In order to conceal their identities along the way, Jim explained, they’ve employed a number of tactics. At live shows, for example, they always remain incognito. Each musical persona comes with its own disguise: As Art, they performed entire sets behind a translucent, back-lit screen; and as 1234!, an exuberant synth-pop group that gave its debut and farewell shows two days apart at Noise Pop 2003, they wore full-body raccoon costumes. Inscrutable liner notes, band names that aren’t search-engine friendly, abstract merchandise entirely lacking words, and vinyl- or even cassette-only releases have also helped keep these four musicians mysterious and anonymous.
“It may sound perverse,” said Frank, “but we feel it’s quite genius. We do it because we get joy out of it. This is our way of freeing ourselves from the grind of the underground and the emptiness of commerce. Anyone who takes either seriously is a fool.” Of course, retreating from fame for creative freedom is nothing new. Fellow East Bay band Green Day has pulled a couple such stunts, including New-Wave side project the Network in 2003 and traditional rock ‘n’ roll outfit Foxboro Hot Tubs in 2007. In both cases the members of Green Day secretly recorded and released full-length albums, then later revealed the full connection.
But no one has taken it as far as the men from the New When, especially considering they were never truly famous in the first place — at least not as far as they’ll admit. It doesn’t seem likely, however, considering the day jobs they keep: Both Frank and Stu work in high-tech, Jim is a sous chef at an East Bay restaurant, and John is an elementary school teacher in Novato. Their musical breadth is also more wide-reaching than Green Day’s. According to a detailed list furnished by the band, other aliases include Cambios (acoustic Spanish-language David Bowie covers, 1999); Jazz Quartet (avant-garde jazz, 2002-2004); Thank G*d It’s Friday (Jewish reggae, 2003-2005); and Band The (folk/bluegrass/country, 2007-2008). Even established musical chameleons like Ween can’t compete with that repertoire.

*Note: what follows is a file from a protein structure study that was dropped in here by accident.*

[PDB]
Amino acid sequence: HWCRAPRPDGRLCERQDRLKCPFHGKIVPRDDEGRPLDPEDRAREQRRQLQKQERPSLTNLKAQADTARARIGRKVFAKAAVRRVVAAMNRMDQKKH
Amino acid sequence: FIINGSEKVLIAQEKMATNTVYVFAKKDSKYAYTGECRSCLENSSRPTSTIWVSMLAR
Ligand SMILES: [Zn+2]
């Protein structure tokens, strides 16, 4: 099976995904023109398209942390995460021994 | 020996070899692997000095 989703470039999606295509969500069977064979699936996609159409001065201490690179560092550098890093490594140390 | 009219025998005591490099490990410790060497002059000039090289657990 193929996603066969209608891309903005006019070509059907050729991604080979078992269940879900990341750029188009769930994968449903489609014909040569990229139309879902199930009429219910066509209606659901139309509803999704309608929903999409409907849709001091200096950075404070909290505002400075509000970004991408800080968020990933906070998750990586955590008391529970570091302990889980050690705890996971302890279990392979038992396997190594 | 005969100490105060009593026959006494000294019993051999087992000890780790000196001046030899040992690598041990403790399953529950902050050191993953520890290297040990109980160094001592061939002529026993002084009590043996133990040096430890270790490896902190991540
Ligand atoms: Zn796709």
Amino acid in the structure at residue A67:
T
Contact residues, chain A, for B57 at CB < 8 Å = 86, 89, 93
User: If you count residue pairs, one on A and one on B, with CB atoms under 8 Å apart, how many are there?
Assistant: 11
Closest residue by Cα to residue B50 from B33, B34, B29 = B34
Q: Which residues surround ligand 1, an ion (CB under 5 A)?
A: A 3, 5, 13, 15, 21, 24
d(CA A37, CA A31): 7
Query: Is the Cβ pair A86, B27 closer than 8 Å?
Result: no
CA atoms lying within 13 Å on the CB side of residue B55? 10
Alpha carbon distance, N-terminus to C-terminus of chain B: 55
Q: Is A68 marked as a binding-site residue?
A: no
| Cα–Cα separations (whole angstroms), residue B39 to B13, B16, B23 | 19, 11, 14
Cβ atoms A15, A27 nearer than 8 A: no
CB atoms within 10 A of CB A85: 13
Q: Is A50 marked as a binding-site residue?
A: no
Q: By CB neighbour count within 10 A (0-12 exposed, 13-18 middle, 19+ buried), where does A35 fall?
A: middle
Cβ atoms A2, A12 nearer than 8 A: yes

Critic Eric McCall, who contributes to popular music site HitStream.com, landed an interview with Band The in late 2008 after witnessing their performance at the Hardly Strictly Bluegrass festival and contacting them via MySpace. He was lucky to receive a response; Jim, John, Frank, and Stu have been extremely stingy about granting interviews over the years. “I still remember it as a very odd experience,” McCall says. The interview took place over a conference call, but all four members’ voices were concealed by voice-changing equipment. “I couldn’t escape the feeling that they were fucking with me. They seemed to constantly contradict themselves, but never fessed up when I called them on it.”
Exactly two days later, Band The announced that it was dissolving due to “irreconcilable differences.” At the time, McCall wasn’t surprised, figuring their behavior during the interview had been a symptom of inner-band turmoil. Now he knows the truth: They really were messing with him, and planned the nonsensical interview to coincide with their next disappearance. Which leads one to wonder: Why have they suddenly decided to bare all, and can they be trusted? “You may as well take our word for it,” wrote Jim. “We have nothing to gain by revealing this to you, and everything to lose by finally being discovered.”